REAL-TIME RESULTS MAP
Loading articles...

Investor immigrants using Quebec as back door to Vancouver

VANCOUVER (NEWS1130) – As thousands of temporary foreign workers are faced with having to leave Canada because of changes to the federal jobs program today, many wealthy would-be Canadians are taking advantage of a loophole in Quebec that is allowing them easy access to Vancouver.

Ottawa announced in 2013 it was ending Canada’s Investor Immigrant Program, but many are still arriving in Vancouver after deceptively applying to a similar program in Quebec.

“Quebec has long run its own immigration program under the Canada-Quebec Accord, even though these people are, at the end of the day, receiving their visas from Ottawa,” says Ian Young, the Vancouver correspondent for the South China Morning Post.

“Quebec accepts a very, very large number of investor migrants. Unfortunately, these people don’t end up living in Quebec, they end up mostly in British Columbia,” he adds.

Young, who has pulled all his information from federal and provincial immigration data, says thousands of wealthy immigrants, mostly from China, hand over $800,000 in the form of a no-interest loan to the Quebec government.

“Quebec gets the benefits from that loan, which lasts for five years. It’s a very lucrative program as far as Quebec is concerned but the downside is that the people don’t actually end up living there. There’s plenty of data that shows 90 per cent of those arrivals actually end up living elsewhere.  I think it’s fair to estimate that a large majority end up living in Vancouver.”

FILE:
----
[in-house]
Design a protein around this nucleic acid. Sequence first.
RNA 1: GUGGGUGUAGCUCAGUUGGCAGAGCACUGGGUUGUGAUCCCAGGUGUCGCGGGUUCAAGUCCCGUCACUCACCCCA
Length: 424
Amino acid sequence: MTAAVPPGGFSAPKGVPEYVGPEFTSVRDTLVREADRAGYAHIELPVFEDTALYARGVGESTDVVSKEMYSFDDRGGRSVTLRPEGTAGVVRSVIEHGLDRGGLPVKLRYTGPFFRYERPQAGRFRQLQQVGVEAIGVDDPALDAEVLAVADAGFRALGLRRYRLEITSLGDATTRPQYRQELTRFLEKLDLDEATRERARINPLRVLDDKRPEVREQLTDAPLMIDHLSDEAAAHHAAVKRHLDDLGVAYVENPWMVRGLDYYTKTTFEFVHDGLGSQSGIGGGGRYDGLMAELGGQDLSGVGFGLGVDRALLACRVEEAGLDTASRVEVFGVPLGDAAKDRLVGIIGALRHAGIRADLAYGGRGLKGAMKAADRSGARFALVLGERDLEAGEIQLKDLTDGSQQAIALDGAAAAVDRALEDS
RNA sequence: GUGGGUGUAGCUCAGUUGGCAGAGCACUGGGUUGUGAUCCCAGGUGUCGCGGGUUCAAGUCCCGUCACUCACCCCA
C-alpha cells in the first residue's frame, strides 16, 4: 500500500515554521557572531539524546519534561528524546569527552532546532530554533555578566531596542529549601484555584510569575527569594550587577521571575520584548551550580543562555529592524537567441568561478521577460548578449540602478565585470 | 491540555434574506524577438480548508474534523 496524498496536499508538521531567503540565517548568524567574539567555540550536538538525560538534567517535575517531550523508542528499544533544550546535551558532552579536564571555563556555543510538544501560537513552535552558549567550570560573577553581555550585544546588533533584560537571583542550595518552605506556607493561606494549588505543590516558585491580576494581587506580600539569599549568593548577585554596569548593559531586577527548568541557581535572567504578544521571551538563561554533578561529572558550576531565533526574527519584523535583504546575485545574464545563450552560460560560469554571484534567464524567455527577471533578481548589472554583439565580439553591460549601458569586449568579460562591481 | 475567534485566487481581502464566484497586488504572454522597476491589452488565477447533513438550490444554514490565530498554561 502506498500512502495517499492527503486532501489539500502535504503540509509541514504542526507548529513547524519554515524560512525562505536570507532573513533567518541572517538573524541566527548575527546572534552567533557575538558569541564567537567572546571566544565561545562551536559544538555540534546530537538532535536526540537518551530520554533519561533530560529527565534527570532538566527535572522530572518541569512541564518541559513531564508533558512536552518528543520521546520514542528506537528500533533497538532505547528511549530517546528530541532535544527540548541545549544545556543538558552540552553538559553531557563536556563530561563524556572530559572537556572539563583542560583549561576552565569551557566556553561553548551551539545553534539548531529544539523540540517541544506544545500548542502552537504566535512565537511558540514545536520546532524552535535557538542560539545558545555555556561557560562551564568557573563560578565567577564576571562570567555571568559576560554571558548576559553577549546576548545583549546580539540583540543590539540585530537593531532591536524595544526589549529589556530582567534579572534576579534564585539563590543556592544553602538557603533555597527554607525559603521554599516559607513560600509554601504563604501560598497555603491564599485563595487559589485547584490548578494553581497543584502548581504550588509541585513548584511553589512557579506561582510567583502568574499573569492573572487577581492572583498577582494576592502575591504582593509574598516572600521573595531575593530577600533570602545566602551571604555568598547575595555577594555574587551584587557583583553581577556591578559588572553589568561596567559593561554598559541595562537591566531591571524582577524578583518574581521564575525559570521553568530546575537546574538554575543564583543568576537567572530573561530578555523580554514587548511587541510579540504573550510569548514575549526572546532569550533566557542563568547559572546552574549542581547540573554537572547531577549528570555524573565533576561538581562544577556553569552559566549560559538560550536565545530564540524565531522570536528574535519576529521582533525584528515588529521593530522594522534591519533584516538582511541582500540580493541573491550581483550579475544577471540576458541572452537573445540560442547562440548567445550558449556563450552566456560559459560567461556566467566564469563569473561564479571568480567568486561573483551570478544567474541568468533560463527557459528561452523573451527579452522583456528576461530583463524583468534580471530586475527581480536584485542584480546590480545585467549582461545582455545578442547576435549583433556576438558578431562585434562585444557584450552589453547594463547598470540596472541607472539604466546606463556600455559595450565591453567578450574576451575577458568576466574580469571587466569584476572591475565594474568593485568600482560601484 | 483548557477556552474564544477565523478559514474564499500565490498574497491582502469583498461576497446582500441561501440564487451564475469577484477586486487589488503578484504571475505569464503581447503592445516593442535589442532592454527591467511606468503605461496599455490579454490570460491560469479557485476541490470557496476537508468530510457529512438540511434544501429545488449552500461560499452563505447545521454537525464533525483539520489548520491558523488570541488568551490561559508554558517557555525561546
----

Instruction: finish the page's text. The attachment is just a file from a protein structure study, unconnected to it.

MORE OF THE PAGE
Young explains Quebec’s back door to BC is allowing three to four-thousand wealthy immigrants to continue to flow into Vancouver, and there is very little the federal government can do about it.

“I don’t think there are any statistics to support the notion that these people actually are a drain on public resources because they are all very rich, but it is difficult for BC to try and estimate numbers for services like schools, healthcare and things like that if you can’t keep track of who is going to be arriving in your city.”

He believes the continued influx is also having a significant effect on Vancouver’s housing market and its sky-high prices.

“You can’t keep funneling thousands and thousands of millionaires into a very small area and expect that there is not going to be some kind of impact on real estate prices. That’s probably the main impact,” he says.

Young feels it’s “grossly unfair” that Quebec reaps the monetary benefits of its program while BC deals with the after-effects.

“It’s effectively a scam. Quebec knows they have no intention of settling in the province when they fill out their immigration forms.”